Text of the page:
Note: I wrote this post as a reflection on Thanksgiving, then learned of the death of Nelson Rolihlahla Mandela. Who better taught the world the power and possibility of going through a process of reconciliation as a way to the healing of a nation? May we honor him by learning from the model he set, and the process led by the Truth and Reconciliation Commission of South Africa.
On Thanksgiving Day, declarations of gratitude poured into social media. Facebook friends posted pictures of abundance, proclaiming their appreciation for family, friends, food and other unqualifiedly good things in their lives. These public statements were reminders to us all to appreciate what we have, and to see the good that is all around us.
My own reflections on gratitude this year were a little different. For the first time, I felt sincerely grateful not just for the many good things in my life, but for the most difficult and painful experiences I have gone through.
Six years ago on Thanksgiving I was recovering from surgery to excise cancer that was diagnosed just as my 24-year-marriage was ending. My process of grieving the multiple losses I faced that year was slow and protracted, and there were times I thought I would never emerge whole again. Friends were burdened by my bouts of depression and urged me to appreciate what I had. They saw me as stuck, and wanted me to be happy.
But by facing my hurts -- and especially, by looking at parts of myself that I hadn't wanted to see -- I was able to reach the point where I can now see all that pain as a gift. I don't take anything for granted anymore. I know what really matters, and what does not. I take better care of myself and others. I am healthier, happier, and more whole than I have ever been. Most importantly, I have come to better understand the suffering of others. This then allows me to share more fully in their happiness as well. I recognize the tears and love that bind us all in a shared experience of humanity.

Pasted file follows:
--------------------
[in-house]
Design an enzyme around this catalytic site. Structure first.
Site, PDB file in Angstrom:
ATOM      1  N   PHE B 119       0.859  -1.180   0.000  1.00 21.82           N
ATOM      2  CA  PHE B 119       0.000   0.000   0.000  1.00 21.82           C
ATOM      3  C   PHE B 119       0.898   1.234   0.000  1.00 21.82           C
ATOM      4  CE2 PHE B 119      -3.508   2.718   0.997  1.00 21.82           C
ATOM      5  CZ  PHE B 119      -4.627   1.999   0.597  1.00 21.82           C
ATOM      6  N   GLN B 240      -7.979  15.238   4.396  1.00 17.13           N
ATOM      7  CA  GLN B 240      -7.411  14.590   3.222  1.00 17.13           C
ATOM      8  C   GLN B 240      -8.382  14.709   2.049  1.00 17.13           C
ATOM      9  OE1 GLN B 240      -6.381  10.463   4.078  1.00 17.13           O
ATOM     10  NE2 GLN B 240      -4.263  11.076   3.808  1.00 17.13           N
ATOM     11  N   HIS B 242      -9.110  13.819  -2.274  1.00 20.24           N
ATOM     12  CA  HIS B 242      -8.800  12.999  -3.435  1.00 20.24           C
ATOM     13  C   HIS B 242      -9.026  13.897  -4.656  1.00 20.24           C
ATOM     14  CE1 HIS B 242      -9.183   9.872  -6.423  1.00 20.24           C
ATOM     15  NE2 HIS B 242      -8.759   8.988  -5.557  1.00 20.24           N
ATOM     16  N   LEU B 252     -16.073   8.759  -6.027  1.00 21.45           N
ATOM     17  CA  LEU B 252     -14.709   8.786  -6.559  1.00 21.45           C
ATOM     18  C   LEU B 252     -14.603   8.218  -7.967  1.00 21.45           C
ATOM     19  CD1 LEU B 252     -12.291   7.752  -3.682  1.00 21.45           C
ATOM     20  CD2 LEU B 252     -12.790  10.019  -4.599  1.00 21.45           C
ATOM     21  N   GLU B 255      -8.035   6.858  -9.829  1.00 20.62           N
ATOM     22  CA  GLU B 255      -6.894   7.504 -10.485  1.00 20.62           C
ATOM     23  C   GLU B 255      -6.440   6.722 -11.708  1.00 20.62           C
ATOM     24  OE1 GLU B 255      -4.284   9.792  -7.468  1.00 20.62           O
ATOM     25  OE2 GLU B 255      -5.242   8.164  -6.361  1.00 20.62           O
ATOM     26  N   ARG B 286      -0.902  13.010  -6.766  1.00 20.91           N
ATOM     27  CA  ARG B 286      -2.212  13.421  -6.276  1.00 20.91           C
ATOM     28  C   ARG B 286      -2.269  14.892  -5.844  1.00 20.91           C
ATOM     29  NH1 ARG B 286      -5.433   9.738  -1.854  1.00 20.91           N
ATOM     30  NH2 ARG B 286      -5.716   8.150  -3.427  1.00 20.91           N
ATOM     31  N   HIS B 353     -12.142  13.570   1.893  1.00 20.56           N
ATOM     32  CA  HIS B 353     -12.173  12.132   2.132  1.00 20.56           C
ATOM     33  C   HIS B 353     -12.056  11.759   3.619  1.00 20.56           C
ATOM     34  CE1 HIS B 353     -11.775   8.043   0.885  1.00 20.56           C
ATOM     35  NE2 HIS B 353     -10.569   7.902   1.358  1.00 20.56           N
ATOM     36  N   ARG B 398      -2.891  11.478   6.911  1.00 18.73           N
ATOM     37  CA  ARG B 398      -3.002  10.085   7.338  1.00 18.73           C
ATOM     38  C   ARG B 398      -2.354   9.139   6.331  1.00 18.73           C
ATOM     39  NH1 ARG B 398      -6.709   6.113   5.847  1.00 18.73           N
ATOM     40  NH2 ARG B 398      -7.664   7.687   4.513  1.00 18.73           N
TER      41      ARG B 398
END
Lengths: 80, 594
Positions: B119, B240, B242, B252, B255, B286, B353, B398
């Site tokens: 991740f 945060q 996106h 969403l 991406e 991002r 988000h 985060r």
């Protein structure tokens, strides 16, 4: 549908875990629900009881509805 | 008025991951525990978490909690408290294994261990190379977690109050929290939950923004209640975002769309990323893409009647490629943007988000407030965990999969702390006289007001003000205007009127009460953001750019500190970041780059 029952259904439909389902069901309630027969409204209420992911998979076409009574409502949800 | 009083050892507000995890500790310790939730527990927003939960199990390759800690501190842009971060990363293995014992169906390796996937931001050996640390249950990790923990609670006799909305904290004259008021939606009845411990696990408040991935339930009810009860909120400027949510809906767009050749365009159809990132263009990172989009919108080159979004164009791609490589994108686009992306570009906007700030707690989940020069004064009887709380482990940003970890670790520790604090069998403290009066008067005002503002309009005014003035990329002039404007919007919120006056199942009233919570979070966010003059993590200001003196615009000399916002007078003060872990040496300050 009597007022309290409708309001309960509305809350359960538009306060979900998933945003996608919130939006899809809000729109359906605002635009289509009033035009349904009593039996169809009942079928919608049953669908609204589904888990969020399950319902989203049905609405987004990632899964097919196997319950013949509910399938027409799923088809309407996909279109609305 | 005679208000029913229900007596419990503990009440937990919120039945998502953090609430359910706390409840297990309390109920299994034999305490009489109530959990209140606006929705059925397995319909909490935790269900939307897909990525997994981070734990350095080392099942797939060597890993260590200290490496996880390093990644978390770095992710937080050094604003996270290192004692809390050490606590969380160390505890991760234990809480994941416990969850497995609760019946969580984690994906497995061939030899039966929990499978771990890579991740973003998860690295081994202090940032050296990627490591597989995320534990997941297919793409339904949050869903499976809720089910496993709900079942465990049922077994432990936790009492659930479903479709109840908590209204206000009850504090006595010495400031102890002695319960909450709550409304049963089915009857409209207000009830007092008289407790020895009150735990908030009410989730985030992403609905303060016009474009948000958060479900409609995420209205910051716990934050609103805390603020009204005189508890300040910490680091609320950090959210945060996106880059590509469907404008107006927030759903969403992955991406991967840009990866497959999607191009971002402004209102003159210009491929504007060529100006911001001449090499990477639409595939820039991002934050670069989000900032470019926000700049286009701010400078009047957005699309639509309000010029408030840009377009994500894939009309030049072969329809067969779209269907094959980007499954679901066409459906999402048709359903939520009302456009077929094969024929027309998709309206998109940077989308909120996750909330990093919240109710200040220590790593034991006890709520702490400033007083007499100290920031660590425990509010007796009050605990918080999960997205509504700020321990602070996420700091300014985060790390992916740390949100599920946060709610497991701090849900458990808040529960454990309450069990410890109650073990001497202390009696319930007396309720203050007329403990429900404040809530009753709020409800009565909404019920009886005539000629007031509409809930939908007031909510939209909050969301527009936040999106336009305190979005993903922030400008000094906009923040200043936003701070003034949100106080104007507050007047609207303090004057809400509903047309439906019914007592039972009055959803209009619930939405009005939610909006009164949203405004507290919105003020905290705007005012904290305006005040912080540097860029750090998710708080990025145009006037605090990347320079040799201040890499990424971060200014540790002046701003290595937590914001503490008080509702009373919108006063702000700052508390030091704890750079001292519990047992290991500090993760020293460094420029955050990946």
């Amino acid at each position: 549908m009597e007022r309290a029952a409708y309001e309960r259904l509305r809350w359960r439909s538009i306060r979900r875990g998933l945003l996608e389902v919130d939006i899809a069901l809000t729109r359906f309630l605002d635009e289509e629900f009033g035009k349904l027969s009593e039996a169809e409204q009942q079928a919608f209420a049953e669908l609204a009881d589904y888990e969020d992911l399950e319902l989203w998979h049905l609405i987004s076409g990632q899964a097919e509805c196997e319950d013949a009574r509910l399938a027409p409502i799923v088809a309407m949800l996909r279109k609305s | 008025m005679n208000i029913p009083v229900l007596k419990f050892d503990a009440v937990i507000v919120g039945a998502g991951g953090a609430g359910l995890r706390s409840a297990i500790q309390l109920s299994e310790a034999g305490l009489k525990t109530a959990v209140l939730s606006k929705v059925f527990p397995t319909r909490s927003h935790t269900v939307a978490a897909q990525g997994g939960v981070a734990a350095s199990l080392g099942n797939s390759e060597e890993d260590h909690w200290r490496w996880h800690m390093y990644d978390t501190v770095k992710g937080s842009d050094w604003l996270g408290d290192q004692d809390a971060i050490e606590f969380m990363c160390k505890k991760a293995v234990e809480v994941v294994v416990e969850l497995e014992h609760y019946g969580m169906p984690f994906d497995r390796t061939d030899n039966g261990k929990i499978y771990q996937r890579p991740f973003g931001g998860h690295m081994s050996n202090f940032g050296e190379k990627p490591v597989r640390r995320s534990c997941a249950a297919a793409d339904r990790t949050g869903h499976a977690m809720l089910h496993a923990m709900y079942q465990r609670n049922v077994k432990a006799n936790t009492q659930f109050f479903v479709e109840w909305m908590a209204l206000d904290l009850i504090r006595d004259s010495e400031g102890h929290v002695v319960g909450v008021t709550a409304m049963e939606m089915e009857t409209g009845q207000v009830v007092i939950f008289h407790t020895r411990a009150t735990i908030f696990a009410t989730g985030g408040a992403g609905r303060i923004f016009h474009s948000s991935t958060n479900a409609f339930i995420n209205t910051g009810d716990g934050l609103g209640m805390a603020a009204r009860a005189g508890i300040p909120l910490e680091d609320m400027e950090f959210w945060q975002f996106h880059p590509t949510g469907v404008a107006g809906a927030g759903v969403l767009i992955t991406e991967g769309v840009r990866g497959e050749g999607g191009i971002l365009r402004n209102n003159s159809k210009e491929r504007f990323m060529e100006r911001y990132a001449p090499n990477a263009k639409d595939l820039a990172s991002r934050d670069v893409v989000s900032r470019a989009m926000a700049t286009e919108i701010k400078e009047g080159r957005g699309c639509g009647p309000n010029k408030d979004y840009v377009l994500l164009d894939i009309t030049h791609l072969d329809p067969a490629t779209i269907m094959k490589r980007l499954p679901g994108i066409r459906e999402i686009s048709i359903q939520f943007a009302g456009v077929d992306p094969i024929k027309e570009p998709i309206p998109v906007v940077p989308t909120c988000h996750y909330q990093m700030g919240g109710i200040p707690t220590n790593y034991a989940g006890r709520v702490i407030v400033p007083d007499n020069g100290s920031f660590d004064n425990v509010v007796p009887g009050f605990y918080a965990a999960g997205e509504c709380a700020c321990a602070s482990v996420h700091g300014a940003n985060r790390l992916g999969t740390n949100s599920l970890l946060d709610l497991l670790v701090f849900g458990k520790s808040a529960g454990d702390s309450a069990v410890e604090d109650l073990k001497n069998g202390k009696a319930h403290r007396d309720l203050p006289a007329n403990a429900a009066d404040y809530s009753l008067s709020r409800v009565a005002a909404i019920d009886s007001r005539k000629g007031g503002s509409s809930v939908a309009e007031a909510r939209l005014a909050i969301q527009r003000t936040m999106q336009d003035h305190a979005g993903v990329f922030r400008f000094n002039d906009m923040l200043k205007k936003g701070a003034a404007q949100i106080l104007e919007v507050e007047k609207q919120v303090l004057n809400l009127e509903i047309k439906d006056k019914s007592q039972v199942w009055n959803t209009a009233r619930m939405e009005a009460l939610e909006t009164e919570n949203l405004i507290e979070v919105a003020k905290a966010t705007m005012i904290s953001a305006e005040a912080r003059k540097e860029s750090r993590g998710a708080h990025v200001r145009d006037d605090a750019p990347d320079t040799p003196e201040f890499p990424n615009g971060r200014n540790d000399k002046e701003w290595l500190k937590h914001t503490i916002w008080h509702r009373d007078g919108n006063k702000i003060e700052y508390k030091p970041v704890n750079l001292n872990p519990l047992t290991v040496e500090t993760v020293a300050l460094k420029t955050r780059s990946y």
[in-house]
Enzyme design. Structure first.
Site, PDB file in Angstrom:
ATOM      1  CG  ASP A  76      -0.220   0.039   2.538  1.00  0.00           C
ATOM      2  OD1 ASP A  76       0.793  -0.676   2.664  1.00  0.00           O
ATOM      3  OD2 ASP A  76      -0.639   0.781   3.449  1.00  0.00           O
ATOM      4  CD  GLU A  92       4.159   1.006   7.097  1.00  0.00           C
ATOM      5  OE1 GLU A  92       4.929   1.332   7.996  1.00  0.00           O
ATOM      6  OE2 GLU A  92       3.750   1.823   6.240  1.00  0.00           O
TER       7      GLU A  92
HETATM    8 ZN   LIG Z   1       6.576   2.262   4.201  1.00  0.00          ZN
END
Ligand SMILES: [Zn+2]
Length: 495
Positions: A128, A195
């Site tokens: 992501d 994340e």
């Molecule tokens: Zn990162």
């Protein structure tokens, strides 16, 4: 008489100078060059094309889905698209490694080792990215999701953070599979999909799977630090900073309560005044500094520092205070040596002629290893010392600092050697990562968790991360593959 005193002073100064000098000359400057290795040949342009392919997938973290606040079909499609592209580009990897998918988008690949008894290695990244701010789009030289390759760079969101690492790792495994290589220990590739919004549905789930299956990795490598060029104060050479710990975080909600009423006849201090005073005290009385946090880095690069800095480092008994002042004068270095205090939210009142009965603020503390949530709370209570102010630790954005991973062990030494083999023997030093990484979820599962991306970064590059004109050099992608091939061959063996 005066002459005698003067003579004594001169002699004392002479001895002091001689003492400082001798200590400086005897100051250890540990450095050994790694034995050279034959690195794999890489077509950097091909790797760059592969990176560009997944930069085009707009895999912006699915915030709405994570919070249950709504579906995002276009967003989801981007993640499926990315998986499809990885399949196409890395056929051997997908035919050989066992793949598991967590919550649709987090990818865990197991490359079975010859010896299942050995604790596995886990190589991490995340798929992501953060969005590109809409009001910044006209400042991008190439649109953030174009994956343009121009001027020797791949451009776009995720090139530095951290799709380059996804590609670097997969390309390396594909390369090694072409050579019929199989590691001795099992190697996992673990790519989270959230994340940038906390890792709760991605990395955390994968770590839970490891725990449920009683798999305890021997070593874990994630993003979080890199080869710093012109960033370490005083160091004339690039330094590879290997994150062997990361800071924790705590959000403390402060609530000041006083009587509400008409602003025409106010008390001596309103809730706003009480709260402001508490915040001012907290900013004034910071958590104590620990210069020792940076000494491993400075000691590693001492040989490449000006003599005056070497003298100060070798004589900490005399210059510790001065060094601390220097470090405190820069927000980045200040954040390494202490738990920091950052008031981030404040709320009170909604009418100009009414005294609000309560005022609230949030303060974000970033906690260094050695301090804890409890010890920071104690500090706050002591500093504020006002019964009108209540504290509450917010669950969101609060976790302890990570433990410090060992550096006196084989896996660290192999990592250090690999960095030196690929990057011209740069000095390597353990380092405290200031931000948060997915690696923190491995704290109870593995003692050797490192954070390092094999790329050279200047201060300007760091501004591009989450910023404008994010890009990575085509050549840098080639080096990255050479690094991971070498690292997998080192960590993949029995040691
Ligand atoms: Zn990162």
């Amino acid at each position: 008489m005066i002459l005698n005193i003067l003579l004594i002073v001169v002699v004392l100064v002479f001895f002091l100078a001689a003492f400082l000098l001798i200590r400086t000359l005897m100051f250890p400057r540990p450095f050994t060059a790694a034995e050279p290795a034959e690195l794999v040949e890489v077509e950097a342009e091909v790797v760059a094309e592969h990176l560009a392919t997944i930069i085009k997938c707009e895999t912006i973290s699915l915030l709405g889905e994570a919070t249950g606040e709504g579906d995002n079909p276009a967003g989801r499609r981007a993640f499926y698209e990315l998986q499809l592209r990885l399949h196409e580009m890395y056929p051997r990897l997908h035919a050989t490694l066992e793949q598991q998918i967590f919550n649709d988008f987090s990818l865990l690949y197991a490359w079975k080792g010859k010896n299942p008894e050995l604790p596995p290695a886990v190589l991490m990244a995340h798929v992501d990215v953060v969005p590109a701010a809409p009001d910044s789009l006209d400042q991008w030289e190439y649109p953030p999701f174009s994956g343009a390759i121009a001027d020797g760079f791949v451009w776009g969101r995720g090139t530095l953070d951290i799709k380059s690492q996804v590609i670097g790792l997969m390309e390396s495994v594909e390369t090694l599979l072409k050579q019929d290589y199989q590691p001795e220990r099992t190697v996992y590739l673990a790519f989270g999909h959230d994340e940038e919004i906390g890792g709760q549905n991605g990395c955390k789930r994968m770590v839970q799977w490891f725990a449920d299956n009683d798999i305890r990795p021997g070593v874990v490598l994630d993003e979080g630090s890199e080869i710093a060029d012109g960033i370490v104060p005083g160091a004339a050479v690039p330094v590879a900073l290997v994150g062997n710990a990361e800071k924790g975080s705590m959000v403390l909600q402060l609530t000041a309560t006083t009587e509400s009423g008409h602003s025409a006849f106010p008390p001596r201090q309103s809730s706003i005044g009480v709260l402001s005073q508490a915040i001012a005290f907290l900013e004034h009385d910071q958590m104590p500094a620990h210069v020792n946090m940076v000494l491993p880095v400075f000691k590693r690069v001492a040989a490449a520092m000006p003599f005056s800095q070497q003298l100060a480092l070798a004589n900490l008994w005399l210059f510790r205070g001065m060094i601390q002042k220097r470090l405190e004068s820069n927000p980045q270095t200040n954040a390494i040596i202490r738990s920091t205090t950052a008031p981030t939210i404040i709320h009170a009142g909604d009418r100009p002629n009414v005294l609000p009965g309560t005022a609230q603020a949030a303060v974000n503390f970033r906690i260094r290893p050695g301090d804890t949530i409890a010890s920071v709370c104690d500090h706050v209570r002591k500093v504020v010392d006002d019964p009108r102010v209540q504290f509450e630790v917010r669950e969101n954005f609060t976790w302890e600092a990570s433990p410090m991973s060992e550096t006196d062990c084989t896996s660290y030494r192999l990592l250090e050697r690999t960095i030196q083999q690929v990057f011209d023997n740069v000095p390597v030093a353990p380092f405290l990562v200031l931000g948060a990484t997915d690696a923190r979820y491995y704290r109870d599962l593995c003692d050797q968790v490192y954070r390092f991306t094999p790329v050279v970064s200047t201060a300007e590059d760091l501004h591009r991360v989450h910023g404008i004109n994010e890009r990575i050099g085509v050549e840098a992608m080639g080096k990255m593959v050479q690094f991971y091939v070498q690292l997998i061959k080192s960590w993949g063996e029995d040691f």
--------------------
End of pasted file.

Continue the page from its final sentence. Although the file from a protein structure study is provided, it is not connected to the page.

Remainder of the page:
Thus on Thanksgiving I was reminded of the unhealed pain that festers in this nation: the indigenous genocide that platitudes of gratitude too easily ignore or obscure. There is also the legacy of 250 years of slavery that has never been reconciled, and that reverberates to this day in inequitable and painful race relations. These are cancers that still fester in our body politic, despite whatever attempts have been made to excise them.
Some people tell those who decry these deeds the same thing I heard when I seemed stuck: "Get over it;" "Just be grateful for what you have;" "Forget it; let it go." But as a nation we have never engaged in a collective process of grieving, and because of that, we have never really healed, much less reconstructed ourselves. Diseases get passed on, or perpetuated in new forms.
What would it take for us really to acknowledge the pain that has been caused by conquest and colonization and slavery, and the many other ways that humans have invented to keep some people down and to divide one group against another? Could we trust that recognizing others' pain does not perpetuate it, and may in fact be the best way to release it, and our own suffering as well? Could we come to see the gifts that this offers to us all?
As an educator, I see this as a powerful challenge that teachers can and should take on, if we hope to build a better world: to help us learn how to hear the pain of others, grieve it deeply - and then to say, "No more." "Never again." To do this requires the courage to face our own pain, and to look at parts of ourselves we may not want to see, including our witting or unwitting complicity in the suffering of others. But by embracing grief, we open ourselves to the gifts that are hidden therein: the opportunity to rebuild ourselves, to take better care of ourselves and others, and to become happier, healthier and more whole than we have ever been.